756 F.2d 752
UNITED STATES of America, Plaintiff/Appellee,
Roger BRANSON, Defendant/Appellant.
United States Court of Appeals,
Argued and Submitted Feb. 11, 1985.
Decided March 29, 1985.
Eric Fisher, Asst. U.S. Atty., San Francisco, Cal., for plaintiff/appellee.
Thomas J. Ferrito, Los Gatos, Cal., for defendant/appellant.
Appeal from the United States District Court for the Northern District of California.
Before PREGERSON and FERGUSON, Circuit Judges, and STEPHENS,* District Judge.
FERGUSON, Circuit Judge:
Defendant Roger Branson was convicted by a jury of knowingly passing counterfeit money under 18 U.S.C. Sec. 472. He appeals this conviction on the grounds his constitutional rights were violated by several references the prosecution made to his silence during his interrogation after being read the Miranda warning. We agree that the prosecutor should not have so used Branson's protected silence and, therefore, we reverse.
Branson purchased a money order with three $100 bills and one $20 bill. These bills proved to be counterfeit. When he was traced from the money order and interrogated by the Secret Service, Branson admitted having given the bills, but he denied knowing they were counterfeit. He refused to answer when asked where he had obtained the bills. When he was later arrested, and after being read his Miranda rights, he remained silent when asked to divulge the source of the bills. He did not testify at his trial.
The prosecutor tried to prove Branson "knowingly" gave the bills by repeatedly bringing to the jury's attention the fact that Branson did not tell the Secret Service the source of the funds.1 Branson did not object to this use of his silence at the trial because any such objection only would have compounded the prejudice against him.
This failure of Branson's to object to the comments requires us to find a "plain error" in the proceedings below before we review. Fed.R.Crim.P. 52(b). Branson urges that the prosecutor's comments clearly referred to his silence during his interrogation after being read the Miranda warnings, and, therefore, the comments violated his constitutional rights to silence. The government submits that Branson waived his Fifth Amendment rights by answering some questions, and his failure to respond to one question did not constitute a revocation of that waiver. Therefore, the prosecutor's comments were proper, and Branson's rights were not violated. The government relies on United States v. Lorenzo, 570 F.2d 294 (9th Cir.1978), to show Branson's conduct failed to revoke his waiver. This reliance is misplaced.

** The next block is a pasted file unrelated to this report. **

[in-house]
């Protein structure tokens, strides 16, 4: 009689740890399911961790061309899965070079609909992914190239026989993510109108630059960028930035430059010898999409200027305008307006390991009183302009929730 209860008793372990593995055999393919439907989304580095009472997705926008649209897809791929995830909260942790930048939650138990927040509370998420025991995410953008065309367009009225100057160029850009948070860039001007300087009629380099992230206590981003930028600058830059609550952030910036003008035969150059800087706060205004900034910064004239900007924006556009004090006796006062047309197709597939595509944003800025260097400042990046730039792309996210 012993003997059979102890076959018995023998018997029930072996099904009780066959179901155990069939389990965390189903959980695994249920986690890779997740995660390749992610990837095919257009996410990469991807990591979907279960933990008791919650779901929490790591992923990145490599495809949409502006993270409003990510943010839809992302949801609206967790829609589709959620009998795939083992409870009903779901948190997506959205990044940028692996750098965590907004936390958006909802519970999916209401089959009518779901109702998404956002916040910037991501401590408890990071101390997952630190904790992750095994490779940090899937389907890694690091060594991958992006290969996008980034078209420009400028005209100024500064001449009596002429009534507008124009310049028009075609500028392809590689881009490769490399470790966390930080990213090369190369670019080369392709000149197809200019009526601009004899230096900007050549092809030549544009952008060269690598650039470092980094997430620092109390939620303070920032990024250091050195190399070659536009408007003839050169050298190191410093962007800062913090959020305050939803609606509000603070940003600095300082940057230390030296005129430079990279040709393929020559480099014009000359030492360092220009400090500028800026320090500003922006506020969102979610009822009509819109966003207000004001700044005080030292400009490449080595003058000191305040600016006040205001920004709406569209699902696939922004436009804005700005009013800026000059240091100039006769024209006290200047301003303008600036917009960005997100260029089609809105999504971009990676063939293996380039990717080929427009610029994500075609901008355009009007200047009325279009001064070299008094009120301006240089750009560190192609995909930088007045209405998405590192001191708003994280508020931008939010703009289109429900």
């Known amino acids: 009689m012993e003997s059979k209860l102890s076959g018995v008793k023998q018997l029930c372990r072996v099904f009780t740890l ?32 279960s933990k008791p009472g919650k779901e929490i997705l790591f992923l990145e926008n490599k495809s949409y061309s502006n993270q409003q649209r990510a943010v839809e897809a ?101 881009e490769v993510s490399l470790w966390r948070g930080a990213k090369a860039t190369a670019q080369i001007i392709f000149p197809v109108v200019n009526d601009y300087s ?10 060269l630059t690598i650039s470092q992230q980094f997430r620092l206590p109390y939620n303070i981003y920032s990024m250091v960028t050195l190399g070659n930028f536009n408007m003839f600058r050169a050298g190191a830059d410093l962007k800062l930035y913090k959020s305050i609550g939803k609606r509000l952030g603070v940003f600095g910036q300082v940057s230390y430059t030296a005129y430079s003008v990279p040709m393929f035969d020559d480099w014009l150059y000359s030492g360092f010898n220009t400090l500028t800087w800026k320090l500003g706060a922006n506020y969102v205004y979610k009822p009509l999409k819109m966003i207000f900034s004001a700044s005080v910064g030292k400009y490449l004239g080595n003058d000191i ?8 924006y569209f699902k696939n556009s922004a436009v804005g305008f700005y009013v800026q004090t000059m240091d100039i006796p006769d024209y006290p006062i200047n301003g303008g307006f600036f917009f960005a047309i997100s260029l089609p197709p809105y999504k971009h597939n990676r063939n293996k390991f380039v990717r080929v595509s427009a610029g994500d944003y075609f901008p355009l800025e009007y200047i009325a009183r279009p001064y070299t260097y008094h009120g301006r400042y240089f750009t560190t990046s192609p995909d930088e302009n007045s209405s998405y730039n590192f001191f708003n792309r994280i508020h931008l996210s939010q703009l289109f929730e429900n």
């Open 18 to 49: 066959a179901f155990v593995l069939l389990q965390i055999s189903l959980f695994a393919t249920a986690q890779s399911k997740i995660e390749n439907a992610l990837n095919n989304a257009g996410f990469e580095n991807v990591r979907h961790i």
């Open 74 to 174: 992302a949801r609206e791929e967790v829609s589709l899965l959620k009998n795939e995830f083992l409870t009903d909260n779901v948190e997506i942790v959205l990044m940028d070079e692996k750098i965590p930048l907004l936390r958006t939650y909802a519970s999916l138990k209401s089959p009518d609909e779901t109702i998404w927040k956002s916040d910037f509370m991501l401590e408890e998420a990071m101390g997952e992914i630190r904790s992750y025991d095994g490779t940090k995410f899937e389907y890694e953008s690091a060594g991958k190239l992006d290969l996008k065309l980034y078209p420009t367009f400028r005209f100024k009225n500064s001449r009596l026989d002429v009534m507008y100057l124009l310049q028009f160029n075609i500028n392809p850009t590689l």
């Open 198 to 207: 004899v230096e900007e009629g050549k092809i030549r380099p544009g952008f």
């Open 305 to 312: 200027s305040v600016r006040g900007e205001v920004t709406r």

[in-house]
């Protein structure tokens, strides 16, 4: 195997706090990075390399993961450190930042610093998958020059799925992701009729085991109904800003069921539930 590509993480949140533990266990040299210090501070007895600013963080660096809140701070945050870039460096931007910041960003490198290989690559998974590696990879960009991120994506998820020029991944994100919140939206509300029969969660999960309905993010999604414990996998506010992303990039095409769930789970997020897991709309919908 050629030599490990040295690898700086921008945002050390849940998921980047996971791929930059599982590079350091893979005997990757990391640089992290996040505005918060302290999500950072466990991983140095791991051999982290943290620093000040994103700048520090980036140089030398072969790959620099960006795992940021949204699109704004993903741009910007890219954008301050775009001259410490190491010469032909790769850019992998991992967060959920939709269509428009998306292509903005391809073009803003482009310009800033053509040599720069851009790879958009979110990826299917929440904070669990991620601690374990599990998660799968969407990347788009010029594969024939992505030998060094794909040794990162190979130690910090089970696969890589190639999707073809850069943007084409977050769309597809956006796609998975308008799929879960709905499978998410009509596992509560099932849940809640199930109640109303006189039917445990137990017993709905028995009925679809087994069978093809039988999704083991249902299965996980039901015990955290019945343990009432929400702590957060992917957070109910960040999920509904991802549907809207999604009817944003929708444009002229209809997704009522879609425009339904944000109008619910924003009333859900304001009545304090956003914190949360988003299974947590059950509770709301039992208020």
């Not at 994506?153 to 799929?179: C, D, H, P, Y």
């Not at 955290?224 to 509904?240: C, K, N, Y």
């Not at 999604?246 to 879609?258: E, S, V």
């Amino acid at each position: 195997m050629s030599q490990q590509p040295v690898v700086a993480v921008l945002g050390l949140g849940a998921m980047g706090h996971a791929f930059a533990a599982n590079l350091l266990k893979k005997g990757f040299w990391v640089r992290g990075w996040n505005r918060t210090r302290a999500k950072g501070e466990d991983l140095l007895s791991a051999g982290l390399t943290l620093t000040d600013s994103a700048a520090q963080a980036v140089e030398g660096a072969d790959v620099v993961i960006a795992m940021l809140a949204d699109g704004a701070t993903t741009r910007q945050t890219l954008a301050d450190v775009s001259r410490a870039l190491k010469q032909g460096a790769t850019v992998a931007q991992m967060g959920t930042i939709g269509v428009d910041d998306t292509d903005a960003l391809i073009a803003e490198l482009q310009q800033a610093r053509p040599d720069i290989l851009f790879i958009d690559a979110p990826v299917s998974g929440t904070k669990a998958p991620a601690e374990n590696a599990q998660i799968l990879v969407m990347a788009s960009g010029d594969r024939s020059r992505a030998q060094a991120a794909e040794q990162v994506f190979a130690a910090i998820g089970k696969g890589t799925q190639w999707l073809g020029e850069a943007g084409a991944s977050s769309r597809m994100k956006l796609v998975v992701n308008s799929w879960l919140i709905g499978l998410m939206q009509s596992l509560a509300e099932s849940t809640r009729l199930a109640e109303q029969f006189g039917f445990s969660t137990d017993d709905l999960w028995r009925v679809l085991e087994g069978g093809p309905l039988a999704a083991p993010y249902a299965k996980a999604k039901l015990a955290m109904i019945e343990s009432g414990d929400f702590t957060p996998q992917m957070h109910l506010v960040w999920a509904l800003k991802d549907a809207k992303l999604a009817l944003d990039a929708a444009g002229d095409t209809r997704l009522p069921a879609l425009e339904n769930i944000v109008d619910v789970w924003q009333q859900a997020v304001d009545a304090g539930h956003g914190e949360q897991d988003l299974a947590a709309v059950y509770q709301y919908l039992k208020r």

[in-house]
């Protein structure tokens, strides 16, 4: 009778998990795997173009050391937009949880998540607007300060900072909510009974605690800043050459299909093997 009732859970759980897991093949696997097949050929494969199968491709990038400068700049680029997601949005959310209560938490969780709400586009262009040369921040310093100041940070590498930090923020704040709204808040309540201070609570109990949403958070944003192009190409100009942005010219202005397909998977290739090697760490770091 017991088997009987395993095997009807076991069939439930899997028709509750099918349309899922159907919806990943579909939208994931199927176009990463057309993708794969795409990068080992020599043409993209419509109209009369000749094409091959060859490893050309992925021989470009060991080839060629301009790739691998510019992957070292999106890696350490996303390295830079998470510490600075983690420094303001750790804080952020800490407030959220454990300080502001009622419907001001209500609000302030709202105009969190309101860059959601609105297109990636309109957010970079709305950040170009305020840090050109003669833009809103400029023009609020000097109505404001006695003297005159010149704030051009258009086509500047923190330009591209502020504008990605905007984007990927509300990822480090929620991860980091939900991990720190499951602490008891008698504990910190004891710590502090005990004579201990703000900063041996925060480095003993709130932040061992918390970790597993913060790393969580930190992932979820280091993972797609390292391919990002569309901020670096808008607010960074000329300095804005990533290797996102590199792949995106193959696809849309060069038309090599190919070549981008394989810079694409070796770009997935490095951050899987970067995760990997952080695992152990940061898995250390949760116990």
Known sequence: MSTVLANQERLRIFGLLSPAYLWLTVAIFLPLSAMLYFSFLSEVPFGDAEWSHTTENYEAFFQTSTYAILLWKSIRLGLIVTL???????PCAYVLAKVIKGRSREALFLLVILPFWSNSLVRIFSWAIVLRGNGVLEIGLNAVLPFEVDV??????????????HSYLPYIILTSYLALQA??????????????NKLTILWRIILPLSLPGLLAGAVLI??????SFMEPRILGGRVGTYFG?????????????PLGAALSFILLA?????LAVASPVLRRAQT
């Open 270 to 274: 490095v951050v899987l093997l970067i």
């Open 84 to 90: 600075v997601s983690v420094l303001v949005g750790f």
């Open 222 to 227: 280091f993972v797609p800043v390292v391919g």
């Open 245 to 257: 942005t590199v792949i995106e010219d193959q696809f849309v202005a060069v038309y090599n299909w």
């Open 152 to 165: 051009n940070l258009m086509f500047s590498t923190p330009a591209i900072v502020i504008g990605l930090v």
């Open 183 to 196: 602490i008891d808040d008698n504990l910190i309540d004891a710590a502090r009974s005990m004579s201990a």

In Lorenzo, the defendant told a full exculpatory story in the middle of which he refused to answer one question but then resumed talking with the officers. We stated that the Ninth Circuit recognizes both total and selective revocations of a waiver of Miranda rights, but that Lorenzo could not be said to have revoked any waiver in light of the willingness with which he began to talk and continued to do so after failing to answer a single question.
These facts distinguish Lorenzo from the instant appeal. Branson offered no exculpatory story and did not resume talking when asked the source of the bills. The arresting officer testified he knew Branson "didn't want to talk to us concerning the investigation at that point." "Total revocation, of course, requires only that the individual indicate in some manner that he wishes to remain silent." United States v. Lorenzo, 570 F.2d at 298 n. 1 (citing Miranda v. Arizona, 384 U.S. 436, 473-74, 86 S.Ct. 1602, 1627-28, 16 L.Ed.2d 694 (1966)). Branson succeeded in indicating to the arresting officers he wished to remain silent, and, therefore, totally revoked his waiver. Any use of that protected silence is plain error.